Site-based mobility management or 'travel plans' address the transport problem by engaging with those organisations such as employers that are directly responsible for generating the demand for travel, and hence have the potential to have a major impact on transport policy. To do this effectively however, travel plans need to be reoriented to be made more relevant to the needs of these organisations, whilst the policy framework in which they operate needs modifying to better support their diffusion and enhance their effectiveness.
Marcus Enoch breaks down the travel plan concept into four axes related to its development (namely segment, scale, structure and support), and investigates the following questions:
- What makes them special?
- Why are they introduced?
- What do they look like in terms of their design and the measures they use?
- How common are they and in what sectors and location types?
- How effective are they?
- What barriers do they face and how might these be overcome?
This book brings together both the theory and the current practice of user charges, tolls and revenue use in European countries. It examines public finance aspects such as earmarking, as well as public management aspects of different pricing and revenue use principles. A set of guidelines is developed for a better use of toll and tax revenues. The set of guidelines is tested with a new cost benefit tool in case studies that cover France, Germany, Norway , Switzerland and the UK.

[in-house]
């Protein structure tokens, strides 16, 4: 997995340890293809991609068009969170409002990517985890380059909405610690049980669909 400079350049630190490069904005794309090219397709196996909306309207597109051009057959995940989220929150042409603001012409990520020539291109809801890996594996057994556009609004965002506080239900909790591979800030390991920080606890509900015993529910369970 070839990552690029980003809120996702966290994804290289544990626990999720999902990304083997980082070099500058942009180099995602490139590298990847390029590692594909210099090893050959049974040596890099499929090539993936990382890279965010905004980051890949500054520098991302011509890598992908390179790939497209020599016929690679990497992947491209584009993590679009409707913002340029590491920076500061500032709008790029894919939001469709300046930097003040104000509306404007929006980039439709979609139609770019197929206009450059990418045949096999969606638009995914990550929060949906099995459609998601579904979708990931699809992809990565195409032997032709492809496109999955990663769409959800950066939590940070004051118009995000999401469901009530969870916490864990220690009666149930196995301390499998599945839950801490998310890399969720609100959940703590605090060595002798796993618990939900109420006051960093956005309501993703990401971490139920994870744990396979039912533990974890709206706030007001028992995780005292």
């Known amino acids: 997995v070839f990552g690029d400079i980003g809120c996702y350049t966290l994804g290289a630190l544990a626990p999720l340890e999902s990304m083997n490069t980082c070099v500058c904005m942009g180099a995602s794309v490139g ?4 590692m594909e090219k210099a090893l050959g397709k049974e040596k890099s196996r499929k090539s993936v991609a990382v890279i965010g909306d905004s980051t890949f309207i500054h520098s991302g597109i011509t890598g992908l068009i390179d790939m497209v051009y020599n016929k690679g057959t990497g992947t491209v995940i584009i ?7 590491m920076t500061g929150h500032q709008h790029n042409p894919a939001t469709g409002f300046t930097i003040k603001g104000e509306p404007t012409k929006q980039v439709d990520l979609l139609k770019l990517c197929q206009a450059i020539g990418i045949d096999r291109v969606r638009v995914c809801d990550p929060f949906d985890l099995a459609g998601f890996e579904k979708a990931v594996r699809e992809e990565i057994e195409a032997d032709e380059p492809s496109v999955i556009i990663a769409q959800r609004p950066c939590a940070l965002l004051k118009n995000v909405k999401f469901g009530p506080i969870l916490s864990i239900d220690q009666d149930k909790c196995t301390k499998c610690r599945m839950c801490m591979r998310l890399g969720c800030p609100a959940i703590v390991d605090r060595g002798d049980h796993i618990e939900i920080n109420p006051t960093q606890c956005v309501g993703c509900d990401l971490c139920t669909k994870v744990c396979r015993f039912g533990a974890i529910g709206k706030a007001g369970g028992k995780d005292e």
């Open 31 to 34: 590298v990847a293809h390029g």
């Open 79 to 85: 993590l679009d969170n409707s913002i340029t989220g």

Research in Transportation Economics is now available online at ScienceDirect — full-text online of volumes 6 onwards.
These issues are presented together with a major analytical investigation of macroeconomic models, evaluation in transport and microeconomic approaches. The final part of the book presents a series of case studies for road, rail and airport investment schemes, particularly focusing on the economic development aspects.